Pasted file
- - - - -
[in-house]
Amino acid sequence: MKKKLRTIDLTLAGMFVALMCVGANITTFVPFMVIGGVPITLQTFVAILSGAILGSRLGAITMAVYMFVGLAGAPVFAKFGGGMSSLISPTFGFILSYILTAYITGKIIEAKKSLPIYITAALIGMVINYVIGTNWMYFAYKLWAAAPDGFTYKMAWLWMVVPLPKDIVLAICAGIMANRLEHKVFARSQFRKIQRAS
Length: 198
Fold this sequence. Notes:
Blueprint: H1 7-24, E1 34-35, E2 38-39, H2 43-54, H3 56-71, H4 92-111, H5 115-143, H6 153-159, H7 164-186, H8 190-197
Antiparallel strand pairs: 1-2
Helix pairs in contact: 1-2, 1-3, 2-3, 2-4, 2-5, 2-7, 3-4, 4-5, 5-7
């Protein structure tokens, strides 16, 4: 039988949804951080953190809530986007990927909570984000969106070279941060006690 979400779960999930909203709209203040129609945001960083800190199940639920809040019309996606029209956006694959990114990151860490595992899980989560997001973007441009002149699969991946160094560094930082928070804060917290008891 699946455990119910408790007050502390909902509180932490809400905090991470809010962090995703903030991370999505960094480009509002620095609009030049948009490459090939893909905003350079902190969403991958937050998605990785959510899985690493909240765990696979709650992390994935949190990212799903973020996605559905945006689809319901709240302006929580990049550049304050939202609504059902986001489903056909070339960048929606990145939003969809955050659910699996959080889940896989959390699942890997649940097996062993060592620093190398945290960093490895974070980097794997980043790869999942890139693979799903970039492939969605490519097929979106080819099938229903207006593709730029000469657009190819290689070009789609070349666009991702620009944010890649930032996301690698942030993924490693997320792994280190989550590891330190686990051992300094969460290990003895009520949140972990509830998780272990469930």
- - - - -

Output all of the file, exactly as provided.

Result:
[in-house]
Amino acid sequence: MKKKLRTIDLTLAGMFVALMCVGANITTFVPFMVIGGVPITLQTFVAILSGAILGSRLGAITMAVYMFVGLAGAPVFAKFGGGMSSLISPTFGFILSYILTAYITGKIIEAKKSLPIYITAALIGMVINYVIGTNWMYFAYKLWAAAPDGFTYKMAWLWMVVPLPKDIVLAICAGIMANRLEHKVFARSQFRKIQRAS
Length: 198
Fold this sequence. Notes:
Blueprint: H1 7-24, E1 34-35, E2 38-39, H2 43-54, H3 56-71, H4 92-111, H5 115-143, H6 153-159, H7 164-186, H8 190-197
Antiparallel strand pairs: 1-2
Helix pairs in contact: 1-2, 1-3, 2-3, 2-4, 2-5, 2-7, 3-4, 4-5, 5-7
């Protein structure tokens, strides 16, 4: 039988949804951080953190809530986007990927909570984000969106070279941060006690 979400779960999930909203709209203040129609945001960083800190199940639920809040019309996606029209956006694959990114990151860490595992899980989560997001973007441009002149699969991946160094560094930082928070804060917290008891 699946455990119910408790007050502390909902509180932490809400905090991470809010962090995703903030991370999505960094480009509002620095609009030049948009490459090939893909905003350079902190969403991958937050998605990785959510899985690493909240765990696979709650992390994935949190990212799903973020996605559905945006689809319901709240302006929580990049550049304050939202609504059902986001489903056909070339960048929606990145939003969809955050659910699996959080889940896989959390699942890997649940097996062993060592620093190398945290960093490895974070980097794997980043790869999942890139693979799903970039492939969605490519097929979106080819099938229903207006593709730029000469657009190819290689070009789609070349666009991702620009944010890649930032996301690698942030993924490693997320792994280190989550590891330190686990051992300094969460290990003895009520949140972990509830998780272990469930």